It isn't fall-about comedy - although we laughed often enough - but more subtle humour that is all about timing and delivery. In fact it's often not a funny film, but more situational and setting up expectations as to what's coming next, only to find humour in how Phil/Bill deals with it. I have to admit that with a couple of decades build-up I was expecting to be a little disappointed, instead I think we've found another Christmas eve film to join other things in a similar vein such as Maverick (funnier), the Despicable Me/Toy Story franchises and such films that go nicely with some forbidden food and a tipple or two, all while cuddled in front of the box!
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on 4 October 2015
If you had one day to live over and over again what would you do? that was the most interesting part of the film and it ended up being funny, charming and genuinely touching, I did cry at the end. I did feel at times as though I was being forcefed a moral which I didn't like and I'm still not sure if that was intentional - but there were enough laughs and charm to distract me from that. I was a bit disappointed by the ending because I really wanted an explanation, also it was a bit simplistic and unlikely even if he did have 1000 chances or maybe I'm just being cynical. Definitely worth watching.
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on 2 February 2009
What would life be like if we were immortal? Alternatively, what if we could undo every single faux-pas we had ever made? Would we live a blissful existence with no regrets or would we slowly descend into madness as we tried to tweak our lives into perfection? Groundhog Day forces us to ponder these admittedly heavy philosophical propositions, while adding a healthy dollop of Frank Capra sentimentality to prevent a mass audience disjunctive meltdown.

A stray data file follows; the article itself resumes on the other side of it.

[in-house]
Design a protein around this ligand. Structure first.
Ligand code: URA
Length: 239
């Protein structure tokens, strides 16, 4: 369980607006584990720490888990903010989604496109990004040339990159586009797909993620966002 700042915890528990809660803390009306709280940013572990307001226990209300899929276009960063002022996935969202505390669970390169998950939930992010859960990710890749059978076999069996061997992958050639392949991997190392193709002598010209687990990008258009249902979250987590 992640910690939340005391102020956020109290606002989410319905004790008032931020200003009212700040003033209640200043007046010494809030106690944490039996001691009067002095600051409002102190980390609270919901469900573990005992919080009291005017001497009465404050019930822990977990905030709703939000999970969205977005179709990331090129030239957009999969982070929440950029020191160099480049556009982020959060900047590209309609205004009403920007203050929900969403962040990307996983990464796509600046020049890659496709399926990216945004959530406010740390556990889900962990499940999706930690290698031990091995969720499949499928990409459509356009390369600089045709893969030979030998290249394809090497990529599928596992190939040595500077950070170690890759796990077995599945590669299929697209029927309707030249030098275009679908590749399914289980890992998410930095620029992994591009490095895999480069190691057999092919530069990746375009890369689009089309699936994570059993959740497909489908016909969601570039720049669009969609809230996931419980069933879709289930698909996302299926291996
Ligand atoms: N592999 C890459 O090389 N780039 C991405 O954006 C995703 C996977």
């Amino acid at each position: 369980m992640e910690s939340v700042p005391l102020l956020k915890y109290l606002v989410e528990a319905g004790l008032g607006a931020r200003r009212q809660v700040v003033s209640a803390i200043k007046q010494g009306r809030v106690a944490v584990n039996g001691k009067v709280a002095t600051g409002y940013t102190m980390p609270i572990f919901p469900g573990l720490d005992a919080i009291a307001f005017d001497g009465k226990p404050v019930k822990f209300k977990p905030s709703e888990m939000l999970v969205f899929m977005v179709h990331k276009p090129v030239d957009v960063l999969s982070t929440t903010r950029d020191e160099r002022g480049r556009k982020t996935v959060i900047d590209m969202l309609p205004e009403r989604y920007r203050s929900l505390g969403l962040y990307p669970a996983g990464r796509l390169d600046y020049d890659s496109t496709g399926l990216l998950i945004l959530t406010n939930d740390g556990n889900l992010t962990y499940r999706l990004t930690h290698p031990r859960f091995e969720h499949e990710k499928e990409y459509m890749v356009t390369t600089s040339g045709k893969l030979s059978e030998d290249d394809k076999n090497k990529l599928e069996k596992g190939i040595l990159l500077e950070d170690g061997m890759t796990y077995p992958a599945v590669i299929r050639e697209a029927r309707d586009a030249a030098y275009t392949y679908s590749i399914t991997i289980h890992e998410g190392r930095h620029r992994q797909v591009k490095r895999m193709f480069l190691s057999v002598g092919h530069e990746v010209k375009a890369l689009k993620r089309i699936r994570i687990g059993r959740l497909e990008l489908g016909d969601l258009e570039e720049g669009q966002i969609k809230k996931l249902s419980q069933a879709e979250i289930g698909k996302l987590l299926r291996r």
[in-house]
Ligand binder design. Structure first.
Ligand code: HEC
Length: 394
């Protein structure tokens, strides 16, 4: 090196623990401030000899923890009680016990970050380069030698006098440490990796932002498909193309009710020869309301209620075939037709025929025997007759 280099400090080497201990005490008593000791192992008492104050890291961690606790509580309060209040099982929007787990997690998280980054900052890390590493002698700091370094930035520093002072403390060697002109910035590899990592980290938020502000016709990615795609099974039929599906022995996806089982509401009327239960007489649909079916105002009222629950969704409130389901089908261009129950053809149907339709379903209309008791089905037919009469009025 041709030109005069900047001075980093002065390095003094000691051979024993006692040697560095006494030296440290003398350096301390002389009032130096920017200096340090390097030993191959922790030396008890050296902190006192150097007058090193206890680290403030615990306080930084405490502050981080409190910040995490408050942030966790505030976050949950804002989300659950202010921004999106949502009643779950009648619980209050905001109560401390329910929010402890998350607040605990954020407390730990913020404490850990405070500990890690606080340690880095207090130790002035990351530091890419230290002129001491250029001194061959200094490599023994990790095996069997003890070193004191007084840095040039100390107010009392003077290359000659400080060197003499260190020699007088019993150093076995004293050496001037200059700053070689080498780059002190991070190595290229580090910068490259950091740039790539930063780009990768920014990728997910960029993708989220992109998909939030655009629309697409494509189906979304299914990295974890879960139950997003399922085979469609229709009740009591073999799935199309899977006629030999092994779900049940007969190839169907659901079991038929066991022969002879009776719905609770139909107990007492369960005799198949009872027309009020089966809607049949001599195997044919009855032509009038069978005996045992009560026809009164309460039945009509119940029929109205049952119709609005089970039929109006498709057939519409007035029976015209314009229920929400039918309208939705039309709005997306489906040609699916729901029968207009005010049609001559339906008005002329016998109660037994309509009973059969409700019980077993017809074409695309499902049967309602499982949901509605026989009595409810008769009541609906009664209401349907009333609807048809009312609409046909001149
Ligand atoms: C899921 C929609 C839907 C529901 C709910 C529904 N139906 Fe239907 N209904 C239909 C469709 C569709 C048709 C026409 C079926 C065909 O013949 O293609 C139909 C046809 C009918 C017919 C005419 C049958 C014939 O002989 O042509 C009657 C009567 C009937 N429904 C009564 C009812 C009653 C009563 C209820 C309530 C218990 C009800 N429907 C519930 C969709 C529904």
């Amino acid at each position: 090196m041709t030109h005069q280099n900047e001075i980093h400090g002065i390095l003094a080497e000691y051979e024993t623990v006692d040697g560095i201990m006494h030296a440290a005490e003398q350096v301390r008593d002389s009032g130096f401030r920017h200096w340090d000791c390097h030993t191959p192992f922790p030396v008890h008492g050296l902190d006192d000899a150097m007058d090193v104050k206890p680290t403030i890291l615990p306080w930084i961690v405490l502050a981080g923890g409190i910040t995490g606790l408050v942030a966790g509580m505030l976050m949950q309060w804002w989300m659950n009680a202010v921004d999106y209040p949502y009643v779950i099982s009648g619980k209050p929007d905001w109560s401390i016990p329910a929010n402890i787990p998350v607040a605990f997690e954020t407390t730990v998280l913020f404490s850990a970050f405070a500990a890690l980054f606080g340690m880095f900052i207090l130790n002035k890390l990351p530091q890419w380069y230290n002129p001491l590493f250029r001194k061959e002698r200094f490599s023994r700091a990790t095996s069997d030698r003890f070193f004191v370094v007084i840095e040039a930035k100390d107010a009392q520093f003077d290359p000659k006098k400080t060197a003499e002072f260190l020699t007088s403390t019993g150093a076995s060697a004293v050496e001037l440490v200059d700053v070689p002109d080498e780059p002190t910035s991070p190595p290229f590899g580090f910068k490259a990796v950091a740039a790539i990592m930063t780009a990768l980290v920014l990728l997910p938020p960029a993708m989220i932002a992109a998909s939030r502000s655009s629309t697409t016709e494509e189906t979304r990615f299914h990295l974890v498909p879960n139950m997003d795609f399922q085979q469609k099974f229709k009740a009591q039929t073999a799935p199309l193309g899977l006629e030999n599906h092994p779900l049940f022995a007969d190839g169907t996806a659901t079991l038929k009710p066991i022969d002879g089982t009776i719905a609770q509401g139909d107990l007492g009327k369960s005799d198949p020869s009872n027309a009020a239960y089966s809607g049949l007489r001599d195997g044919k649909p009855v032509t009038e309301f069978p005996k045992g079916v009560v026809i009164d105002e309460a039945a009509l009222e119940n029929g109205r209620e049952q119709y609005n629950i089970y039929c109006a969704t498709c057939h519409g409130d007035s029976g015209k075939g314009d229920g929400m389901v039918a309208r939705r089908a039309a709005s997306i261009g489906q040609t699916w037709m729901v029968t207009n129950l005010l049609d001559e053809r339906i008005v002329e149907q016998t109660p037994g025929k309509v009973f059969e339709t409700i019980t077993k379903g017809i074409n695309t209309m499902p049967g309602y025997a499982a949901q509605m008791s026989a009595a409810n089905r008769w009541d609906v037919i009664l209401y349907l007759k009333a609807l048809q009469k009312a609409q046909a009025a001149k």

The story, while hardly original in itself, involves TV meteorologist Phil Connors (Bill Murray playing his usual sack-faced, misanthropic self) and his team head down to Punxsutawney, Pennsylvania to witness the (very real) Groundhog Day festival that is held annually on February 2nd. Once on air, Phil sardonically announces "This is one time where television really fails to capture the true excitement of a large squirrel predicting the weather" and proceeds to dismantle the whole tradition, much to the dismay of his producer Rita (refreshingly bland Andie 'Revitalift' MacDowell) and their cameraman. After the broadcast, a blizzard hits the town - we're lead to believe that this is clearly some kind of cosmic judgement on Phil for his dismal outlook as he'd earlier predicted otherwise - and the whole crew are stranded for the night in Punxsutawney. Phil wakes at 6:00AM (to the sound of Sonny & Cher's 'I Got You Babe') and proceeds with the previous day's intention of leaving the town behind. After a series of seemingly familiar encounters with the locals, Phil makes his way to the town centre and finds himself once more at the Groundhog festival. His producer and crew clearly have no memory of this time-loop and mistake Phil's irked, confused manner for his usual egocentrism. This then sets the pattern for the majority of the second act: Phil wakes at 6:00AM, to the same annoying song, sees the same people, who say the same inane things. For a man whose entire existence is based around the predictability of seemingly random events, Phil is initially confused and somewhat angry but, once he begins to comprehend the existence of the time-loop and its implications, his ego takes over and he becomes almost godlike. Phil lives the same 24 hours over and over again; he soon realizes he cannot die. He can be killed - and, on several occasions, a despairing and weary Phil attempts suicide by various means - only to wake up at 6:00AM, completely unharmed.